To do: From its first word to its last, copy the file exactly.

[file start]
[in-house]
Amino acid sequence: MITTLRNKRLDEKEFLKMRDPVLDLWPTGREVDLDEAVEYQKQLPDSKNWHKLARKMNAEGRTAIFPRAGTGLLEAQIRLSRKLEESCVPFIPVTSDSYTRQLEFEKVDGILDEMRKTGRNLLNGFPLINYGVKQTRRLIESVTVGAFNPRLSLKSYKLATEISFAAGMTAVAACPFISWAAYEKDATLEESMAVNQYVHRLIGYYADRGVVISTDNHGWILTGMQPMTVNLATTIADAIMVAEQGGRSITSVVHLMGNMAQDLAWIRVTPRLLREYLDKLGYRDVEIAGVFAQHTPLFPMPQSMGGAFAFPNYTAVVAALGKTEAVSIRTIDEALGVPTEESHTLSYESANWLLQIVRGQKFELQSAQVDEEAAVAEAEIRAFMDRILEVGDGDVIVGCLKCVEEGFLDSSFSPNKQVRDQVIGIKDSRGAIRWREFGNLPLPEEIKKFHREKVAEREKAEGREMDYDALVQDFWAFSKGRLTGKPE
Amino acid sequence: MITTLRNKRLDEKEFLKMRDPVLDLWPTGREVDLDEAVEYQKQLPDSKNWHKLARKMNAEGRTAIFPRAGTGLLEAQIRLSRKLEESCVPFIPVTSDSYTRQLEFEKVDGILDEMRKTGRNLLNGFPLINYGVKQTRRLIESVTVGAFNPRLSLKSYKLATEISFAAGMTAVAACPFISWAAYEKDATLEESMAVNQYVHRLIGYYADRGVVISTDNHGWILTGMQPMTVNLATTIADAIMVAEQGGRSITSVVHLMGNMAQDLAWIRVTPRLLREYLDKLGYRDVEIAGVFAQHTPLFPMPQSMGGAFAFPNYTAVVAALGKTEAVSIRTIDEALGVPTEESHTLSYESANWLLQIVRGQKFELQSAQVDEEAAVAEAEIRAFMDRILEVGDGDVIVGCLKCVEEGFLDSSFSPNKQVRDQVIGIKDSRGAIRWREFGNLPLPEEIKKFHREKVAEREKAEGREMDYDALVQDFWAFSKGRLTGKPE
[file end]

[in-house]
Amino acid sequence: MITTLRNKRLDEKEFLKMRDPVLDLWPTGREVDLDEAVEYQKQLPDSKNWHKLARKMNAEGRTAIFPRAGTGLLEAQIRLSRKLEESCVPFIPVTSDSYTRQLEFEKVDGILDEMRKTGRNLLNGFPLINYGVKQTRRLIESVTVGAFNPRLSLKSYKLATEISFAAGMTAVAACPFISWAAYEKDATLEESMAVNQYVHRLIGYYADRGVVISTDNHGWILTGMQPMTVNLATTIADAIMVAEQGGRSITSVVHLMGNMAQDLAWIRVTPRLLREYLDKLGYRDVEIAGVFAQHTPLFPMPQSMGGAFAFPNYTAVVAALGKTEAVSIRTIDEALGVPTEESHTLSYESANWLLQIVRGQKFELQSAQVDEEAAVAEAEIRAFMDRILEVGDGDVIVGCLKCVEEGFLDSSFSPNKQVRDQVIGIKDSRGAIRWREFGNLPLPEEIKKFHREKVAEREKAEGREMDYDALVQDFWAFSKGRLTGKPE
Amino acid sequence: MITTLRNKRLDEKEFLKMRDPVLDLWPTGREVDLDEAVEYQKQLPDSKNWHKLARKMNAEGRTAIFPRAGTGLLEAQIRLSRKLEESCVPFIPVTSDSYTRQLEFEKVDGILDEMRKTGRNLLNGFPLINYGVKQTRRLIESVTVGAFNPRLSLKSYKLATEISFAAGMTAVAACPFISWAAYEKDATLEESMAVNQYVHRLIGYYADRGVVISTDNHGWILTGMQPMTVNLATTIADAIMVAEQGGRSITSVVHLMGNMAQDLAWIRVTPRLLREYLDKLGYRDVEIAGVFAQHTPLFPMPQSMGGAFAFPNYTAVVAALGKTEAVSIRTIDEALGVPTEESHTLSYESANWLLQIVRGQKFELQSAQVDEEAAVAEAEIRAFMDRILEVGDGDVIVGCLKCVEEGFLDSSFSPNKQVRDQVIGIKDSRGAIRWREFGNLPLPEEIKKFHREKVAEREKAEGREMDYDALVQDFWAFSKGRLTGKPE